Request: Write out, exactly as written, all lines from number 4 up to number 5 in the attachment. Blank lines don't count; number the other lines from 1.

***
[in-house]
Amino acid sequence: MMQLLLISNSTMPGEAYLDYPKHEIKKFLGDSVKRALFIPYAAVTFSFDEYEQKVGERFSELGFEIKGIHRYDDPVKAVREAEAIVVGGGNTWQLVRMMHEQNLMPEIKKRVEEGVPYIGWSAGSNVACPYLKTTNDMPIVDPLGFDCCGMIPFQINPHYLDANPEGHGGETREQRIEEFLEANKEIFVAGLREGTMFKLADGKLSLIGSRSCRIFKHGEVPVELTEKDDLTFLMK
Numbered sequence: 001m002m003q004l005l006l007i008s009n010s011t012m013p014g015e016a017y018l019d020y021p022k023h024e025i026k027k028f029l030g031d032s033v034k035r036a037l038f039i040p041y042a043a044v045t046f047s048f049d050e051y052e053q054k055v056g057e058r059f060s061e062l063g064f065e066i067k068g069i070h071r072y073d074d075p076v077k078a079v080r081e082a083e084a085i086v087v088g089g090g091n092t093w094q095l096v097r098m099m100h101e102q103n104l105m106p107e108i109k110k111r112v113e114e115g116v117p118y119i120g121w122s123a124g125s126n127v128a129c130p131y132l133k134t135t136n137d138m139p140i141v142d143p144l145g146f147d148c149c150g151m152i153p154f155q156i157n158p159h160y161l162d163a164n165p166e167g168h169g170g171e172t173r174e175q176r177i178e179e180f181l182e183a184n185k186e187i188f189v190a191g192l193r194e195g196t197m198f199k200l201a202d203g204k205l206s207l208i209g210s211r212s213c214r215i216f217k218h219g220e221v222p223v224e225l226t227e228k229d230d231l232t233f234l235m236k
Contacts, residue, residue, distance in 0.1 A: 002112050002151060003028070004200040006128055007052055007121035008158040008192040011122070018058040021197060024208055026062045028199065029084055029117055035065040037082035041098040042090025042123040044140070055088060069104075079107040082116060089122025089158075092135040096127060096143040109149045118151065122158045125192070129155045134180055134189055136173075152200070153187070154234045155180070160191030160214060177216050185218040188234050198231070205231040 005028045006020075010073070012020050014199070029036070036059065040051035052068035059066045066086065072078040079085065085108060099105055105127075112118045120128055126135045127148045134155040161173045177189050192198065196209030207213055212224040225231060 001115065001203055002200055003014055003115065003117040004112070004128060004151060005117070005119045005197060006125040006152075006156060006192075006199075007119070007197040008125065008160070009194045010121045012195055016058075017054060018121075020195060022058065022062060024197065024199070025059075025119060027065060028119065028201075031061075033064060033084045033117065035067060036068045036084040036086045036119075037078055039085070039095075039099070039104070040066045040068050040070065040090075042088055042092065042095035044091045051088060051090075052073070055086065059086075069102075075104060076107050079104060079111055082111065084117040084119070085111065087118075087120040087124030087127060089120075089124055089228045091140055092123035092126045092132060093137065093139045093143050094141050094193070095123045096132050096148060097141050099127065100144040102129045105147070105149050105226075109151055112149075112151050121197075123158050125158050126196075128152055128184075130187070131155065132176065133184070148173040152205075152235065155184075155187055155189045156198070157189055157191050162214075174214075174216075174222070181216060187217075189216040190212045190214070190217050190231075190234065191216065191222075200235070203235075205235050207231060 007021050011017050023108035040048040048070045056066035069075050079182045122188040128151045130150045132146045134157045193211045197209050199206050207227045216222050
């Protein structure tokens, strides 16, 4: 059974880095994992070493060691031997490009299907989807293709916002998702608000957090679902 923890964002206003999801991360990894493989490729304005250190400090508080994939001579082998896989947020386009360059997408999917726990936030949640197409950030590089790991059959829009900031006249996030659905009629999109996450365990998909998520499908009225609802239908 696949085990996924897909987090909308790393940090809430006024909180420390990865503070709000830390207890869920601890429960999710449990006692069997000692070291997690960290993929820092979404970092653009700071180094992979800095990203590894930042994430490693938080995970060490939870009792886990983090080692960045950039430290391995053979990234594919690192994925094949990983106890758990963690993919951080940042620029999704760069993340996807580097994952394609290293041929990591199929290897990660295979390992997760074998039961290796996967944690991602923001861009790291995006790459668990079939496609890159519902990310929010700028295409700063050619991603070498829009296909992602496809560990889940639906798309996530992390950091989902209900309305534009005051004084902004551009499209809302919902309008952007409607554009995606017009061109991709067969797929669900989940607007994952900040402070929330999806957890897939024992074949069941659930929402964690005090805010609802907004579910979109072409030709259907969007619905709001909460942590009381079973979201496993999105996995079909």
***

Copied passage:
Contacts, residue, residue, distance in 0.1 A: 002112050002151060003028070004200040006128055007052055007121035008158040008192040011122070018058040021197060024208055026062045028199065029084055029117055035065040037082035041098040042090025042123040044140070055088060069104075079107040082116060089122025089158075092135040096127060096143040109149045118151065122158045125192070129155045134180055134189055136173075152200070153187070154234045155180070160191030160214060177216050185218040188234050198231070205231040 005028045006020075010073070012020050014199070029036070036059065040051035052068035059066045066086065072078040079085065085108060099105055105127075112118045120128055126135045127148045134155040161173045177189050192198065196209030207213055212224040225231060 001115065001203055002200055003014055003115065003117040004112070004128060004151060005117070005119045005197060006125040006152075006156060006192075006199075007119070007197040008125065008160070009194045010121045012195055016058075017054060018121075020195060022058065022062060024197065024199070025059075025119060027065060028119065028201075031061075033064060033084045033117065035067060036068045036084040036086045036119075037078055039085070039095075039099070039104070040066045040068050040070065040090075042088055042092065042095035044091045051088060051090075052073070055086065059086075069102075075104060076107050079104060079111055082111065084117040084119070085111065087118075087120040087124030087127060089120075089124055089228045091140055092123035092126045092132060093137065093139045093143050094141050094193070095123045096132050096148060097141050099127065100144040102129045105147070105149050105226075109151055112149075112151050121197075123158050125158050126196075128152055128184075130187070131155065132176065133184070148173040152205075152235065155184075155187055155189045156198070157189055157191050162214075174214075174216075174222070181216060187217075189216040190212045190214070190217050190231075190234065191216065191222075200235070203235075205235050207231060 007021050011017050023108035040048040048070045056066035069075050079182045122188040128151045130150045132146045134157045193211045197209050199206050207227045216222050
């Protein structure tokens, strides 16, 4: 059974880095994992070493060691031997490009299907989807293709916002998702608000957090679902 923890964002206003999801991360990894493989490729304005250190400090508080994939001579082998896989947020386009360059997408999917726990936030949640197409950030590089790991059959829009900031006249996030659905009629999109996450365990998909998520499908009225609802239908 696949085990996924897909987090909308790393940090809430006024909180420390990865503070709000830390207890869920601890429960999710449990006692069997000692070291997690960290993929820092979404970092653009700071180094992979800095990203590894930042994430490693938080995970060490939870009792886990983090080692960045950039430290391995053979990234594919690192994925094949990983106890758990963690993919951080940042620029999704760069993340996807580097994952394609290293041929990591199929290897990660295979390992997760074998039961290796996967944690991602923001861009790291995006790459668990079939496609890159519902990310929010700028295409700063050619991603070498829009296909992602496809560990889940639906798309996530992390950091989902209900309305534009005051004084902004551009499209809302919902309008952007409607554009995606017009061109991709067969797929669900989940607007994952900040402070929330999806957890897939024992074949069941659930929402964690005090805010609802907004579910979109072409030709259907969007619905709001909460942590009381079973979201496993999105996995079909």